It’s been 4 years since my miscarriage. I never know which date to track it by. Is it the 8th when we found out the pregnancy was no longer viable? Or is it the 10th when I had the d&c, which physically ended it? Does it matter? Not really. Though I think having a definitive date makes it a little easier for some reason.

It’s not as hard as it was even a year after it happened. We have two kids now, and at that time I was beginning to wonder if we would have any. I don’t think about it everyday, or even every week now. It just randomly pops into my mind.

I do wonder sometimes what that kid would have been like. Would he/she have been as funny or high maintenance as Avi? Or as calm and laid back as Ari? Maybe somewhere in the middle? Avi and Ari look so different. Would he/she have looked like more like Avi or Ari? Would we have Avi? Quite possibly no, and we definitely wouldn’t have Ari.

At the time people kept saying a number of things to make me feel better including “everything happens for a reason.” I’m still not sure how I feel about that. I don’t think I miscarried because I was supposed to have Avi & Ari or so, I don’t know… I would value them more or something. I think it was just a shitty thing that you sometimes have to live through before things get better.

I feel lucky to have made it through with my marriage even stronger than it was & I feel extremely lucky to have the two kids we do have. It’s exhausting at times, but they’re pretty amazing.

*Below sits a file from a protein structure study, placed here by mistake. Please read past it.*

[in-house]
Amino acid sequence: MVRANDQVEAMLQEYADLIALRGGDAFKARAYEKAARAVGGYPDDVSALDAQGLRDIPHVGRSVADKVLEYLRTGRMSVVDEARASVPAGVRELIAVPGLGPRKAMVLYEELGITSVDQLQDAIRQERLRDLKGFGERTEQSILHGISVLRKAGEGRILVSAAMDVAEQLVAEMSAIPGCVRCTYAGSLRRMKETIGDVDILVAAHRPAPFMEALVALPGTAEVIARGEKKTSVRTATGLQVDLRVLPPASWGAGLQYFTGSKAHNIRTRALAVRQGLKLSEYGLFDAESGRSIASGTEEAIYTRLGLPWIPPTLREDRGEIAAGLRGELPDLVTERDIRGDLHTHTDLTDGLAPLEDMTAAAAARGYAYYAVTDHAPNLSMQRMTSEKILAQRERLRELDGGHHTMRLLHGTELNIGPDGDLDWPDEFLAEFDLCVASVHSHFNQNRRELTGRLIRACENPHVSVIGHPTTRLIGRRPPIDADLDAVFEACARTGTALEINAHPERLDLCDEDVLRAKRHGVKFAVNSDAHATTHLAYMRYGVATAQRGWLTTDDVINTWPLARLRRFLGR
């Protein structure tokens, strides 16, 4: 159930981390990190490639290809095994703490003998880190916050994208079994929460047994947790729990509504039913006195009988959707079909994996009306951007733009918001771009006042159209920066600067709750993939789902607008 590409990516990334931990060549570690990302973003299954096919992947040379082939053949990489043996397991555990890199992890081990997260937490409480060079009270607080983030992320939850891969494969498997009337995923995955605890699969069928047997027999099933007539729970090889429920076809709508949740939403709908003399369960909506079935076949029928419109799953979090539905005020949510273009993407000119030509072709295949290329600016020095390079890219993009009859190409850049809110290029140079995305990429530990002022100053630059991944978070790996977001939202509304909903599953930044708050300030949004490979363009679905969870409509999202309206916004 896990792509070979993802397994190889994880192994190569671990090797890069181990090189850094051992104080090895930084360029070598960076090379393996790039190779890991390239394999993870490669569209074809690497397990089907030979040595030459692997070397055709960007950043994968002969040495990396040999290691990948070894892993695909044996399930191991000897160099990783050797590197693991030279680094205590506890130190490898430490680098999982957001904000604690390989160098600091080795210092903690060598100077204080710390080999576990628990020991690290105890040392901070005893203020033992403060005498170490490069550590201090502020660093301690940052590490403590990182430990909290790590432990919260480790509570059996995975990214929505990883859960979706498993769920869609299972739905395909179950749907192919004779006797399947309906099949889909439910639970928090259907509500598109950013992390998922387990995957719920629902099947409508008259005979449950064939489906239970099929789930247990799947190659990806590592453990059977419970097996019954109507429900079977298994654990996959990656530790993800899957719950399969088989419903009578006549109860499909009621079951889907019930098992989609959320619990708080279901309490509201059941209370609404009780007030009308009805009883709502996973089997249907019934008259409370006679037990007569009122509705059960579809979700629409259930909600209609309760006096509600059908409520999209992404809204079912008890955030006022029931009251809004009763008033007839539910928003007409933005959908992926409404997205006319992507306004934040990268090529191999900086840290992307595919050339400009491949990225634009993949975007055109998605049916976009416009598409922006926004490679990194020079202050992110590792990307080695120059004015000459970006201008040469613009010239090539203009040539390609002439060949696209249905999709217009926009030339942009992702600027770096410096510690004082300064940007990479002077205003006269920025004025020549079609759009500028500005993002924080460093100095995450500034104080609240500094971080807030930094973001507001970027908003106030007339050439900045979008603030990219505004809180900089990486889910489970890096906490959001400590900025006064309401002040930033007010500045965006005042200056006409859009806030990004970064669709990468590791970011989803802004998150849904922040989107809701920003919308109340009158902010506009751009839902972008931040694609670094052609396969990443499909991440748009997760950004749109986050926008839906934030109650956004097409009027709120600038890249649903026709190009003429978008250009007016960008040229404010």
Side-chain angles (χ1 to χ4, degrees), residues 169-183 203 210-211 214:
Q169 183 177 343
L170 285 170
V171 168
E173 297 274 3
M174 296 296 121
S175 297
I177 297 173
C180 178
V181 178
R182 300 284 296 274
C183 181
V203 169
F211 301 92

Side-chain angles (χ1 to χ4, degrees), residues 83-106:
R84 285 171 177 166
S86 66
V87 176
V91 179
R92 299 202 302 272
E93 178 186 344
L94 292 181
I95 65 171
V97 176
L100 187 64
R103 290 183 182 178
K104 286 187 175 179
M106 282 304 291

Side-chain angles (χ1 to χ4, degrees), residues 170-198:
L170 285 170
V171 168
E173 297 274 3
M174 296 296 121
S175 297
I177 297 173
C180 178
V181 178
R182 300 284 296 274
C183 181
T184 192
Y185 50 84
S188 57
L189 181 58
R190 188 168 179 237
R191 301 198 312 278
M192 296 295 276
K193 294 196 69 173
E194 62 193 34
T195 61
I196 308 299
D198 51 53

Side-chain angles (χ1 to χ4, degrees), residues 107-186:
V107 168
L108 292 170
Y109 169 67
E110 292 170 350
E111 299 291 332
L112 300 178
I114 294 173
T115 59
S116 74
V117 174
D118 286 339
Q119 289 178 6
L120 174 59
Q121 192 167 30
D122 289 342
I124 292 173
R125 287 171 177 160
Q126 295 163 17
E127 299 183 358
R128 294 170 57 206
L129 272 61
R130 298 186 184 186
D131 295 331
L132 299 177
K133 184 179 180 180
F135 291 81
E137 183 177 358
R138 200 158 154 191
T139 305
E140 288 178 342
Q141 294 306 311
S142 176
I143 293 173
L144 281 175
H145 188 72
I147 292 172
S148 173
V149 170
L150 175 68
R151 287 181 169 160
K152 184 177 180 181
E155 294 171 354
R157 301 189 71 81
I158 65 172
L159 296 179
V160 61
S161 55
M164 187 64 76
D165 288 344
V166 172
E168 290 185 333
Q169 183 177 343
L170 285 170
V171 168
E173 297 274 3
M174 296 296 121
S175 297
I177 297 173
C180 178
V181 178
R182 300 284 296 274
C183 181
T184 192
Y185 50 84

Posted in Boy1 & Boy2, miscarriage | 2 Comments

impatient little thing

Boy2 is determined to make his debut early. At my OB visit yesterday I was 4cm dilated & Dr. F said she anticipates hearing from me Sunday night when she’s on call. I have an appointment Thursday, but she said she’d be surprised if I go that long.

I’m vacillating between excitement about meeting him (and the nausea ending) and pure terror. We’re not at all ready. The house is a construction site at the moment and will be for probably the next couple of weeks. Our awesome contractor is working his butt off trying to get things done as quickly as possible. I seriously cannot say enough good things about him.

The nursery furniture is not assembled & Carter’s is taking their sweet time getting the missing hardware kit to me, but at least Boy2’s room is ready otherwise. He’ll be in the co-sleeper in our room for a while anyway, so that’s not urgent.

I’d like him to stay put until at least the end of next week so he has more time to develop. From what Dr. F said yesterday, Dr. H (our perinatologist/high risk OB) seems to think he’s ready and would transition well, but I don’t hit 37 weeks until Tuesday.